Computer simulation supports `holographic` theory describing a black hole
A research group composed of four researchers has tested numerically a "holographic" theory, which was conjectured to describe accurately the dynamical phenomena occurring in a black hole.
Washington: A research group composed of four researchers has tested numerically a "holographic" theory, which was conjectured to describe accurately the dynamical phenomena occurring in a black hole.
Masanori Hanada, Ph.D., an associate professor at Kyoto University; Yoshifumi Hyakutake, Ph.D., an associate professor at Ibaraki University; Goro Ishiki, Ph.D., an assistant professor at Kyoto University; and Jun Nishimura, Ph.D., an associate professor at KEK were the main people working on this project.
As a new approach to solve this problem, Juan Martin Maldacena , a professor of Princeton University proposed a theory which describes gravity including the center of the black hole. According to this theory, dynamical phenomena occurring in a curved space-time like black holes can be described by a theory on a flat space-time, just as a hologram can record the information of 3D objects on a plane.
In the present research, the mass of a black hole was computed on a computer based on Maldacena`s theory, and the results were compared with the results obtained by approximate calculation based on conventional superstring theory, which incorporate the quantum gravity effects.
Denoting the number of elements composing the black hole by N, previous works mainly studied the case in which N is so large that the quantum gravity effects near the black hole can be neglected. In the case of small N, on the other hand, whether the theory really describes the black hole correctly was an open question.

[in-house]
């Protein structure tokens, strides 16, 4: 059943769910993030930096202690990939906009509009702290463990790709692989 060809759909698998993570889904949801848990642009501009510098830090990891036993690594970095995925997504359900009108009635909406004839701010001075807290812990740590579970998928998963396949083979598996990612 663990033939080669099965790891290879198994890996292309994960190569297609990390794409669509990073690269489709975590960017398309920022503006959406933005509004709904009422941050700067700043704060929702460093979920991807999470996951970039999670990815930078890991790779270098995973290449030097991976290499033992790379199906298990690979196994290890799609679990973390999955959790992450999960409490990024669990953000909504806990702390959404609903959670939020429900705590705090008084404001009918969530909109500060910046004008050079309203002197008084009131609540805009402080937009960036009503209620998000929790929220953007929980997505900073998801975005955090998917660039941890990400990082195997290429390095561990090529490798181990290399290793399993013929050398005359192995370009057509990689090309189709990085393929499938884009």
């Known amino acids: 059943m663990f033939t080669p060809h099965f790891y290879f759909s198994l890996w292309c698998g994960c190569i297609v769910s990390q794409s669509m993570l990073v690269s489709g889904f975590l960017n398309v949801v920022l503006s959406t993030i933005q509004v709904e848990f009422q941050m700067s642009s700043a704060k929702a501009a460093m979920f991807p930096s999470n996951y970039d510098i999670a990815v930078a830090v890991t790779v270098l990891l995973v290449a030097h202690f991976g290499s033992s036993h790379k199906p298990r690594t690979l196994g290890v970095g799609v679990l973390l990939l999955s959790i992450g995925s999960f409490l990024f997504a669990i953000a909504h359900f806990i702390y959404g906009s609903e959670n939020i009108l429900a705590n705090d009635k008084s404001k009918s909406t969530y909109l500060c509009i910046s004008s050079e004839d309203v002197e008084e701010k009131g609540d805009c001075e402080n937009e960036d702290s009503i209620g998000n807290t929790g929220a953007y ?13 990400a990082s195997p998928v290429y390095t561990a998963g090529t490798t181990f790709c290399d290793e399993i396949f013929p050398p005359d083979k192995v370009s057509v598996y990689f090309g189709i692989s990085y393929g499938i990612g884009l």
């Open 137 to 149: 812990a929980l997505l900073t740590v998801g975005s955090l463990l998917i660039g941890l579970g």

Based on the observation that the two different theoretical results agree, it has been concluded that the results obtained by the calculation in Maldacena`s theory include the quantum gravity effects correctly as the calculation in conventional superstring theory does.
This work tested Maldacena`s theory concerning a new description of black holes using a "hologram." While previous works provided various tests under the situation in which the quantum gravity effects near the black hole can be neglected, this work made a step forward and succeeded in performing a test including the quantum gravity effects, which is considered a significant progress.
The obtained results strongly suggest that Maldacena`s theory describes the interior of the black hole even in the case in which the quantum gravity effects near the black hole cannot be neglected.